BOULDER, Colorado -- Deep Impact's scheduled run-in with a comet this holiday weekend may not be a one hit wonder. Scientists are studying other potential targets after the spacecraft completes its dramatic mission at Comet Tempel 1.
The main mission for the NASA craft is to create celestial fireworks early Monday morning (late Sunday in western United States). A "Flyby" vehicle will deploy an "Impactor" probe for the hit-and-run encounter. The Impactor that thumps into Comet Tempel 1 is likely to vaporize upon impact. The kinetic energy of the collision is expected to create a crater the size of a football field and propel material from the comet's nucleus into space.
From its vantage point several hundred miles away, the Flyby spacecraft will use its telescopes, cameras and spectrometer to monitor the impact, all in an effort to study what's underneath the comet's icy surface.
Then the Flyby spacecraft might be retargeted to another faraway comet.
"We've been working on an extended mission," said Monte Henderson, Deputy Director of Programs in Civil Space Systems for Ball Aerospace & Technologies Corporation here. The company designed and built the two-part spacecraft specifically for the Deep Impact mission.
Depending on the overall health of Deep Impact's Flyby spacecraft after monitoring Comet Tempel 1, a go/no-go decision can be made to send it on a 3.5 year cruise to Comet Boethin.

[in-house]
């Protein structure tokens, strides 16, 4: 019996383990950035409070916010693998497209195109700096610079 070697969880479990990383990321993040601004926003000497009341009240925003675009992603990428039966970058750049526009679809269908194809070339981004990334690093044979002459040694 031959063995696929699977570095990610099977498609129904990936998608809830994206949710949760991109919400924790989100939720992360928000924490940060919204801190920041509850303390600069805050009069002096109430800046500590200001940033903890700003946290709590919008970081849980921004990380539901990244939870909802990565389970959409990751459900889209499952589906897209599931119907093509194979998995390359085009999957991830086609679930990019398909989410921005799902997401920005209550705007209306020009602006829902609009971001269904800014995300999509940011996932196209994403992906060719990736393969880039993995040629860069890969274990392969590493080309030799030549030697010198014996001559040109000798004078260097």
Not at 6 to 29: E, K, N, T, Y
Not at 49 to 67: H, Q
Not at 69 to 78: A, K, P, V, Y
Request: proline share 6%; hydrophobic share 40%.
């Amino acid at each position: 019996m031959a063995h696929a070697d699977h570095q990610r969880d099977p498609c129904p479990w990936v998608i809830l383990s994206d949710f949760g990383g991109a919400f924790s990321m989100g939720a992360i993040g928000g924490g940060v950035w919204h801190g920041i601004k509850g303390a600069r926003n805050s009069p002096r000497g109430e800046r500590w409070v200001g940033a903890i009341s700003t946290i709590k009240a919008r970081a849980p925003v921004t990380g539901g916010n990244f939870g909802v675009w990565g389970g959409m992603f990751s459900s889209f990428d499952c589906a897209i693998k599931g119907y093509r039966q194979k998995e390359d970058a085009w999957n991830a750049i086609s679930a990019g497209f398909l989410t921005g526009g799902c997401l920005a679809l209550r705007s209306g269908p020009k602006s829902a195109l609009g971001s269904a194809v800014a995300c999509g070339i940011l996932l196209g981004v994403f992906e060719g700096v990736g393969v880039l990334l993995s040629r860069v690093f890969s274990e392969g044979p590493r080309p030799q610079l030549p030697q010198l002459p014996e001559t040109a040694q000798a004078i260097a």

That object orbits the Sun every 11 years. It was discovered on January 4, 1975 during a routine comet-hunting session carried out by the now deceased Reverend Leo Boethin of the Philippines.
Henderson told SPACE.com that shortly after Deep Impact's slam-dunk with Comet Tempel 1, engineers will give the Flyby spacecraft a high-tech checkup. Particular attention will be paid to how much dust and debris that spews out from the comet has hit the Flyby craft.
Will instruments onboard the Flyby spacecraft remain in tip-top shape? Or have their optics been sandblasted?
The Flyby spacecraft -- nearly as large as a Volkswagen Beetle -- carries two of the three primary instruments, the High Resolution Instrument (HRI) and the Medium Resolution Instrument (MRI), for imaging, infrared spectroscopy, and optical navigation.
Debris shielding is a key part of the Flyby spacecraft's design.
As the spacecraft passes through the inner coma of Comet Tempel 1 it is in danger of being struck by small particles that could damage the control, imaging and communication systems.
To minimize this potential damage the Flyby spacecraft is rotated before it passes through the inner coma. That debris shielding should provide, it is hoped, complete protection to the flyby spacecraft and its instruments.
The spacecraft's main deck serves as a back wall and an aluminum shield protects the Flyby spacecraft.
"After the encounter, we'll do a mini-commissioning of the Flyby spacecraft," Henderson said. If the reassessment is positive, a good portion of the remaining fuel on the Flyby vehicle will be used to put it on a 3.5-year jaunt to reach Comet Boethin. The redirecting maneuver would need to occur sometime before July 24, he said.